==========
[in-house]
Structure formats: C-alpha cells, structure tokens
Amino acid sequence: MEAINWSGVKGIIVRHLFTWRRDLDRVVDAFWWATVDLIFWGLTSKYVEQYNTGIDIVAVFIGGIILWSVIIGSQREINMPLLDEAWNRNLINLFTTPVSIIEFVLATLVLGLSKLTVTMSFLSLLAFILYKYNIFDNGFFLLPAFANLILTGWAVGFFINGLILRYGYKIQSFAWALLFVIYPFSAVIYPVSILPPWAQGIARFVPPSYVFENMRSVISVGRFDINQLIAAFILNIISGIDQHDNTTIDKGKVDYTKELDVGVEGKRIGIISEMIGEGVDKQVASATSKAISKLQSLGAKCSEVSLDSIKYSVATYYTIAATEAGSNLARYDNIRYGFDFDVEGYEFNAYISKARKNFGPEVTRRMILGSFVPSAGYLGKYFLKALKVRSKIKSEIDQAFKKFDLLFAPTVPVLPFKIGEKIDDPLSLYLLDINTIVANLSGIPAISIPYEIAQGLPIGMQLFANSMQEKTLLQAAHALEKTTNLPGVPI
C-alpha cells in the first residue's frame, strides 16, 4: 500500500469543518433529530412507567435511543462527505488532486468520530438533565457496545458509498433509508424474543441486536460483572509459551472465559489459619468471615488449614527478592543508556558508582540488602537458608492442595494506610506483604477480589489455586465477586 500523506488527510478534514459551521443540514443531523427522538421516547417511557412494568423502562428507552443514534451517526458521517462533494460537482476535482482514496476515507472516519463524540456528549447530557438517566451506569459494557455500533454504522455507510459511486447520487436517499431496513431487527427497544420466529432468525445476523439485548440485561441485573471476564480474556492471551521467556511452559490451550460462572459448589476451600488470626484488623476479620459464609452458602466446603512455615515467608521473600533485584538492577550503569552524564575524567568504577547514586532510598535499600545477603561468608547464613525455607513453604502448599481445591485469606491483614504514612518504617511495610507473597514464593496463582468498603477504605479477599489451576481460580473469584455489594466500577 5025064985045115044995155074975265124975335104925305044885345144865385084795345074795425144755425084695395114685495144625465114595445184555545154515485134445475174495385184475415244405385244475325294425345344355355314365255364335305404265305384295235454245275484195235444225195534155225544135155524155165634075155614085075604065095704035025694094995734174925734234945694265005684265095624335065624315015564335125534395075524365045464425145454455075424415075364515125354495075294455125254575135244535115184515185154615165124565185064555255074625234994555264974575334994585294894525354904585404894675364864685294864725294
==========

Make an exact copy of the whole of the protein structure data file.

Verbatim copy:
[in-house]
Structure formats: C-alpha cells, structure tokens
Amino acid sequence: MEAINWSGVKGIIVRHLFTWRRDLDRVVDAFWWATVDLIFWGLTSKYVEQYNTGIDIVAVFIGGIILWSVIIGSQREINMPLLDEAWNRNLINLFTTPVSIIEFVLATLVLGLSKLTVTMSFLSLLAFILYKYNIFDNGFFLLPAFANLILTGWAVGFFINGLILRYGYKIQSFAWALLFVIYPFSAVIYPVSILPPWAQGIARFVPPSYVFENMRSVISVGRFDINQLIAAFILNIISGIDQHDNTTIDKGKVDYTKELDVGVEGKRIGIISEMIGEGVDKQVASATSKAISKLQSLGAKCSEVSLDSIKYSVATYYTIAATEAGSNLARYDNIRYGFDFDVEGYEFNAYISKARKNFGPEVTRRMILGSFVPSAGYLGKYFLKALKVRSKIKSEIDQAFKKFDLLFAPTVPVLPFKIGEKIDDPLSLYLLDINTIVANLSGIPAISIPYEIAQGLPIGMQLFANSMQEKTLLQAAHALEKTTNLPGVPI
C-alpha cells in the first residue's frame, strides 16, 4: 500500500469543518433529530412507567435511543462527505488532486468520530438533565457496545458509498433509508424474543441486536460483572509459551472465559489459619468471615488449614527478592543508556558508582540488602537458608492442595494506610506483604477480589489455586465477586 500523506488527510478534514459551521443540514443531523427522538421516547417511557412494568423502562428507552443514534451517526458521517462533494460537482476535482482514496476515507472516519463524540456528549447530557438517566451506569459494557455500533454504522455507510459511486447520487436517499431496513431487527427497544420466529432468525445476523439485548440485561441485573471476564480474556492471551521467556511452559490451550460462572459448589476451600488470626484488623476479620459464609452458602466446603512455615515467608521473600533485584538492577550503569552524564575524567568504577547514586532510598535499600545477603561468608547464613525455607513453604502448599481445591485469606491483614504514612518504617511495610507473597514464593496463582468498603477504605479477599489451576481460580473469584455489594466500577 5025064985045115044995155074975265124975335104925305044885345144865385084795345074795425144755425084695395114685495144625465114595445184555545154515485134445475174495385184475415244405385244475325294425345344355355314365255364335305404265305384295235454245275484195235444225195534155225544135155524155165634075155614085075604065095704035025694094995734174925734234945694265005684265095624335065624315015564335125534395075524365045464425145454455075424415075364515125354495075294455125254575135244535115184515185154615165124565185064555255074625234994555264974575334994585294894525354904585404894675364864685294864725294